Lucky Bounce

STEVE BUFFERY -- Toronto Sun

, Last Updated: 8:25 AM ET

Raptors rookie Charlie Villanueva has a feeling that his club will do better than expected this year.

Yeah, and Lionel Hutz, that law-talking guy out of Springfield, had a feeling that Marge Simpson wouldn't be going to jail for shoplifting.

"I think we're going to shock a lot of people," Villanueva said recently after his Raptors thumped the Portland Trail Blazers 100-78 in pre-season action.

Optimism reigns inside the Raptors locker room, at least from the mouth of babes. Second-year forward Matt (The Red Rocket) Bonner, who obviously wears rose-coloured glasses to match his hair colour, suggested that he would be disappointed if the Raptors failed to go 82-0 this season.

Of course, this from a guy who, when informed by a Raptors beat reporter that he'll meet up with Bonner and the team in Winnipeg for a pre-season game, replied: "Sounds great!"

He meant it.

Everyone else -- various basketball periodicals, sports magazines, pundits, wags, the Raptors' own general manager -- aren't so bullish on the club.

A Toronto club that went 33-49 last year returns without a key player off the bench, forward Donyell Marshall, and three rookies -- forwards Villanueva and Joey Graham and point guard Jose Calderon -- who are all expected to make considerable contributions to the cause. Fortunately, all three have been pleasant surprises in the pre-season and head coach Sam Mitchell has become more and more comfortable giving them major minutes.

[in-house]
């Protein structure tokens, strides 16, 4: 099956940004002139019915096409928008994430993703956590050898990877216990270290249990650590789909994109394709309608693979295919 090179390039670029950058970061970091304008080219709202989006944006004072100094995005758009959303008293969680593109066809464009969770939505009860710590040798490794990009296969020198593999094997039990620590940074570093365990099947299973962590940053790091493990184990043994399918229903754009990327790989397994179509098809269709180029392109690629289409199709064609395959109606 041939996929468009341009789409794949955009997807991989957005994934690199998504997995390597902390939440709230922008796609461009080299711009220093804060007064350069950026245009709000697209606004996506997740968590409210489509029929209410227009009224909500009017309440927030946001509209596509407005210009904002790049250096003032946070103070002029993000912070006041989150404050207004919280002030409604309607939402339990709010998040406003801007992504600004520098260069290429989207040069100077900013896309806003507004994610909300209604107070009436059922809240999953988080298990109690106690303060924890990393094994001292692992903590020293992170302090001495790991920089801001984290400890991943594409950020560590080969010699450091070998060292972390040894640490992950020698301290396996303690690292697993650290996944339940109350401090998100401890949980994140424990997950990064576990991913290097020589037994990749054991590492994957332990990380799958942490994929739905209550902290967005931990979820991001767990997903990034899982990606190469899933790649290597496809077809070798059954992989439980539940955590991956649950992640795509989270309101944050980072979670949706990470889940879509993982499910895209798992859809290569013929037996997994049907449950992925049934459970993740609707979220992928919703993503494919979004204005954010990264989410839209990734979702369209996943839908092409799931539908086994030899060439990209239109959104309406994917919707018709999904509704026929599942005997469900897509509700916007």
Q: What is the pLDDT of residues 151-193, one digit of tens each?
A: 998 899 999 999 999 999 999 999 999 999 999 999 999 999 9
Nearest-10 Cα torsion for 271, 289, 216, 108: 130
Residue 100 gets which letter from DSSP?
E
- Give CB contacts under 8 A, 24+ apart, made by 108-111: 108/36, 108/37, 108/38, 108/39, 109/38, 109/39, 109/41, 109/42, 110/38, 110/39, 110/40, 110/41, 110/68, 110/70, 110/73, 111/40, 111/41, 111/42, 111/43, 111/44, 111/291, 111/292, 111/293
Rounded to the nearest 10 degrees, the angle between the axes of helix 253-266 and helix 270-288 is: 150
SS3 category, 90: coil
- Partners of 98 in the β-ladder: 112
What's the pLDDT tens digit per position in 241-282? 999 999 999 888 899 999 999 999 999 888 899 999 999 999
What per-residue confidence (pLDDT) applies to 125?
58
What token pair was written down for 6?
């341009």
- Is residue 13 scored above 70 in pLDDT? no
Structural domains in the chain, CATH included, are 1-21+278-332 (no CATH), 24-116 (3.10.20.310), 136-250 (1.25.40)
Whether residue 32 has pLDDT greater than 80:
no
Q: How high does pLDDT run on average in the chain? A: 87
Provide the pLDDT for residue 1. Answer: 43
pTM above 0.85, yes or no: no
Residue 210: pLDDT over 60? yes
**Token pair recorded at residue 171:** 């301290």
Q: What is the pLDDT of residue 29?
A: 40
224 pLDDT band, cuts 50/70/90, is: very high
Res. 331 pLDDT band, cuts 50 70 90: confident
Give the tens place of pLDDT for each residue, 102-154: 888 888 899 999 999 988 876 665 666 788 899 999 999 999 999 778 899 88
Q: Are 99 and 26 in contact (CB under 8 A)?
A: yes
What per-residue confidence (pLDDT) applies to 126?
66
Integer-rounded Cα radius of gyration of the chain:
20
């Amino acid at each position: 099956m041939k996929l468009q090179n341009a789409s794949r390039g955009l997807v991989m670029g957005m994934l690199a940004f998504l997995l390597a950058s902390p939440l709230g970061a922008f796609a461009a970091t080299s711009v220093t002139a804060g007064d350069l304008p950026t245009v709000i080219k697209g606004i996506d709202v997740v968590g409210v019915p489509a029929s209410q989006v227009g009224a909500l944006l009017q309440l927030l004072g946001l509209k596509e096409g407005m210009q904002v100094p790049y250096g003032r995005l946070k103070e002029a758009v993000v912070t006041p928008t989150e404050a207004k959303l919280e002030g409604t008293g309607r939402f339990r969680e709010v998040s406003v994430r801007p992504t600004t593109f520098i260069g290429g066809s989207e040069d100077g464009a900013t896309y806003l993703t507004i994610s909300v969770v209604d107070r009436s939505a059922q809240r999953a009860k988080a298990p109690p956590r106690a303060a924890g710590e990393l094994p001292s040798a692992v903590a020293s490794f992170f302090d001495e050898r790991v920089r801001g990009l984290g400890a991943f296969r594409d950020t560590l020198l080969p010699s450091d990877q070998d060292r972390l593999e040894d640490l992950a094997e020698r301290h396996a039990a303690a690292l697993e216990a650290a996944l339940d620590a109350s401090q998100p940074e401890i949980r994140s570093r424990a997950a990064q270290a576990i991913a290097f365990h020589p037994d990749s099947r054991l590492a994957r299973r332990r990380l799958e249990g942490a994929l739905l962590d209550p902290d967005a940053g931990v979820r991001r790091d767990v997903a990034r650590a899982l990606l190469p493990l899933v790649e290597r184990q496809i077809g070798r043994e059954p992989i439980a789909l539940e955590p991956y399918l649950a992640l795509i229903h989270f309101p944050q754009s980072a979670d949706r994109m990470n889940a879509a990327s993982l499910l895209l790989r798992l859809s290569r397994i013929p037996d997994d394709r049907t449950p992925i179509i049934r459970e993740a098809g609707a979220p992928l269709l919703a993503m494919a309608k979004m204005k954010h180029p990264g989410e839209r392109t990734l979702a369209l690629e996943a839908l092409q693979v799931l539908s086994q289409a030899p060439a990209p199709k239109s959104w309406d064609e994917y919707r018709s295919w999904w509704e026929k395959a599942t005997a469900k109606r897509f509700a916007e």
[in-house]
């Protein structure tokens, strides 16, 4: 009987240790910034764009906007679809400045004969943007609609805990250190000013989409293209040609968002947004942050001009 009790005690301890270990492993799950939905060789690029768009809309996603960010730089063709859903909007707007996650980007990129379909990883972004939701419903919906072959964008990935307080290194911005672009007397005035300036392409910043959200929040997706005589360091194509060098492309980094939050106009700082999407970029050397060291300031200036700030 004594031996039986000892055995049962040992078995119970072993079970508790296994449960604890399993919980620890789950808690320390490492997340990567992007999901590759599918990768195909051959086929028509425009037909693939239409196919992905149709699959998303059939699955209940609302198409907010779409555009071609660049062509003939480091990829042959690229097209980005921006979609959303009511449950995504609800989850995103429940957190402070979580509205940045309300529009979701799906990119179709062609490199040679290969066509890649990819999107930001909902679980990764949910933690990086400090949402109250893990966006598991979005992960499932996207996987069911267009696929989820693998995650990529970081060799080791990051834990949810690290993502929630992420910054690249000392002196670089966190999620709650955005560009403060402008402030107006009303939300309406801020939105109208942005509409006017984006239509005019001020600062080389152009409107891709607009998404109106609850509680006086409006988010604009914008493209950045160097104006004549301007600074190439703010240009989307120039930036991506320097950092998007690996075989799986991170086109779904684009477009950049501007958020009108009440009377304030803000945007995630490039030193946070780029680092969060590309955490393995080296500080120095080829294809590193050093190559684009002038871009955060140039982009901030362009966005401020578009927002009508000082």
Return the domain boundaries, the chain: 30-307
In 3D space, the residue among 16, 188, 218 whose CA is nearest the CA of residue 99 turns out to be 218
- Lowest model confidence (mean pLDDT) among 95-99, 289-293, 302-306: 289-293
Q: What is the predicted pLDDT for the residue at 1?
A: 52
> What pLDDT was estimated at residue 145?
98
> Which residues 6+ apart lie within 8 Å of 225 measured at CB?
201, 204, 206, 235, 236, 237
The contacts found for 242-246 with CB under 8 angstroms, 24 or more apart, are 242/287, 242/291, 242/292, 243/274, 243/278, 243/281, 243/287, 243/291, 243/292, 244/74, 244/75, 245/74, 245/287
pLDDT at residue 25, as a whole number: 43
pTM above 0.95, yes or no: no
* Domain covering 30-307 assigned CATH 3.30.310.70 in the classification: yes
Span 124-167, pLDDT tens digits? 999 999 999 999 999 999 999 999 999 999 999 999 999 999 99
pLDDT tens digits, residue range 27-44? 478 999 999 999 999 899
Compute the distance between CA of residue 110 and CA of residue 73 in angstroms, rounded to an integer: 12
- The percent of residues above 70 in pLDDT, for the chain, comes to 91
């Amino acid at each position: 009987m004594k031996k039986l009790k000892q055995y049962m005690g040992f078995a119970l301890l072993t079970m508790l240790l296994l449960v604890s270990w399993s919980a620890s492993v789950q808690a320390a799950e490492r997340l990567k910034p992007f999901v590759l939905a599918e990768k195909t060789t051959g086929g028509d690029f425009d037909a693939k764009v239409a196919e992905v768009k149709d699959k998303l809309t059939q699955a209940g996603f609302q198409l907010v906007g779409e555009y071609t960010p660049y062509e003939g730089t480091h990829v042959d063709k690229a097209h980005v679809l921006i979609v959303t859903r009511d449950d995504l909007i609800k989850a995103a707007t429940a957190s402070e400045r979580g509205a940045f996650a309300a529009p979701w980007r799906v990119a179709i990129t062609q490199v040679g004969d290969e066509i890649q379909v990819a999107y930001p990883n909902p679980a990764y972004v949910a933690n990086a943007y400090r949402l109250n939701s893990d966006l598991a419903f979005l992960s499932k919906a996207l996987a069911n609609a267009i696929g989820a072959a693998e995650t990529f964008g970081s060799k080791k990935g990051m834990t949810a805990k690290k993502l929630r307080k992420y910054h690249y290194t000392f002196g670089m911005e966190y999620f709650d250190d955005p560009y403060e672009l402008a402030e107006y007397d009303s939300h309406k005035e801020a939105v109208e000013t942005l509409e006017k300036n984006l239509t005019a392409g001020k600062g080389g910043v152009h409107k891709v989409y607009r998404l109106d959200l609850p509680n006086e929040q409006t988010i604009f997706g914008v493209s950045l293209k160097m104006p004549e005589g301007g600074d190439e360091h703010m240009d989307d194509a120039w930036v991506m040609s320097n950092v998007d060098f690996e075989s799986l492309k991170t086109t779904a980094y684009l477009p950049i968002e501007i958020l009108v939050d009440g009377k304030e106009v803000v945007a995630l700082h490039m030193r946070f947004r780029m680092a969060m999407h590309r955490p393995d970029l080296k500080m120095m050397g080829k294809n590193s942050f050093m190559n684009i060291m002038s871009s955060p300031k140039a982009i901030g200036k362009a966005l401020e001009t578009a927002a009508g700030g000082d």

In fact, it's a good bet that small forward Graham will crack the starting lineup.

"We felt very strongly when we drafted those young men. They're class young men, they work extremely hard and guys on our team like them," Mitchell said of the three bucks.

So what kind of team will the Raptors put forth his season? Well, barring any significant injuries, not terrible. Not playoff-worthy, but perhaps good enough to actually improve on last year's mark.

A starting lineup consisting of Chris Bosh (power forward) Graham (small forward), Loren Woods (centre) Jalen Rose (shooting guard) and Mike James (point guard) is decent.

That leaves veterans Morris Peterson and Eric Williams, both of whom are now healthy, adding experience and energy off the bench, along with a rotation consisting of Rafael Araujo, Bonner, Calderon, Villanueva and Alvin Williams.

Of course, nothing is written in stone and Mitchell will change up lineup according to how the team is playing, injuries, etc.

"I'm trying to look at what combinations will make us the best possible team," he said. "Do you front-load all your experience with the starters and then have a bench with guys that are basically rookies or second-year players, or do you try to break it up a little bit?"

There's also the matter of the one available roster spot. The Raptors currently have 14 under contract and Babcock has suggested that if a qualified big-man, who can rebound, becomes available on waivers or via a trade, he'll grab him.

The only slight surprise of the current lineup would be Peterson not starting, but the veteran swingman does not have a problem with it and Mitchell believes that such a move could actually be win-win.

"Coming off the bench might be good for him," Mitchell said. "With Jalen and Chris in the starting lineup it's hard for Mo to get shots, because we're going to run the offence through those guys. You would have more scoring opportunities in the second unit."

Not to beat the horse to death, but the planets have to align a certain way for the Raptors to compete this season with any of the big boys in the Eastern Conference. For a chance of that to happen Toronto must:

NO. 1 STAY HEALTHY